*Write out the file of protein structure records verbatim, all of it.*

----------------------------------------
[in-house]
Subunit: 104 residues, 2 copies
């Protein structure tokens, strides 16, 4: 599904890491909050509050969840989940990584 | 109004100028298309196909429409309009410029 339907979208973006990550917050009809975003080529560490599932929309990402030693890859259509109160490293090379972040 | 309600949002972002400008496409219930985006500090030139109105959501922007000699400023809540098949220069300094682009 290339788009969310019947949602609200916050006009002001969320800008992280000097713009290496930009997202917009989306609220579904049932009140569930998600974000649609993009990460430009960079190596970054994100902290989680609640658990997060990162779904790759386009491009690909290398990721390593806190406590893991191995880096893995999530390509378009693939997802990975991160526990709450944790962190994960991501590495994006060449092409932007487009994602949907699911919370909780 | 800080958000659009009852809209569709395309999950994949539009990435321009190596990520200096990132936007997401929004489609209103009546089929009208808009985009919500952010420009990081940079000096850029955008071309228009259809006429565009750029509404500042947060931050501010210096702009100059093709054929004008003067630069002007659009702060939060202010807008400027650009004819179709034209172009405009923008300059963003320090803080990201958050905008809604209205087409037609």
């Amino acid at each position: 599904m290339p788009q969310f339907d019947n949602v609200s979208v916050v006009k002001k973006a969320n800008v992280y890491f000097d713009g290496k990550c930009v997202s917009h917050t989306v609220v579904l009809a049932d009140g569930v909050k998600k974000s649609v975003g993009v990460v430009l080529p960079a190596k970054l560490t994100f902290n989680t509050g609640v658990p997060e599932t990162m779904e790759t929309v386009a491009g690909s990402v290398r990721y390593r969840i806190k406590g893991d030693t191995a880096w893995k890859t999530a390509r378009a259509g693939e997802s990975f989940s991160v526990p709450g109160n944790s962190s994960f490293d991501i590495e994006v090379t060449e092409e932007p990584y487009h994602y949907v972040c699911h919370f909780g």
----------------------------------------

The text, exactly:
[in-house]
Subunit: 104 residues, 2 copies
């Protein structure tokens, strides 16, 4: 599904890491909050509050969840989940990584 | 109004100028298309196909429409309009410029 339907979208973006990550917050009809975003080529560490599932929309990402030693890859259509109160490293090379972040 | 309600949002972002400008496409219930985006500090030139109105959501922007000699400023809540098949220069300094682009 290339788009969310019947949602609200916050006009002001969320800008992280000097713009290496930009997202917009989306609220579904049932009140569930998600974000649609993009990460430009960079190596970054994100902290989680609640658990997060990162779904790759386009491009690909290398990721390593806190406590893991191995880096893995999530390509378009693939997802990975991160526990709450944790962190994960991501590495994006060449092409932007487009994602949907699911919370909780 | 800080958000659009009852809209569709395309999950994949539009990435321009190596990520200096990132936007997401929004489609209103009546089929009208808009985009919500952010420009990081940079000096850029955008071309228009259809006429565009750029509404500042947060931050501010210096702009100059093709054929004008003067630069002007659009702060939060202010807008400027650009004819179709034209172009405009923008300059963003320090803080990201958050905008809604209205087409037609």
């Amino acid at each position: 599904m290339p788009q969310f339907d019947n949602v609200s979208v916050v006009k002001k973006a969320n800008v992280y890491f000097d713009g290496k990550c930009v997202s917009h917050t989306v609220v579904l009809a049932d009140g569930v909050k998600k974000s649609v975003g993009v990460v430009l080529p960079a190596k970054l560490t994100f902290n989680t509050g609640v658990p997060e599932t990162m779904e790759t929309v386009a491009g690909s990402v290398r990721y390593r969840i806190k406590g893991d030693t191995a880096w893995k890859t999530a390509r378009a259509g693939e997802s990975f989940s991160v526990p709450g109160n944790s962190s994960f490293d991501i590495e994006v090379t060449e092409e932007p990584y487009h994602y949907v972040c699911h919370f909780g």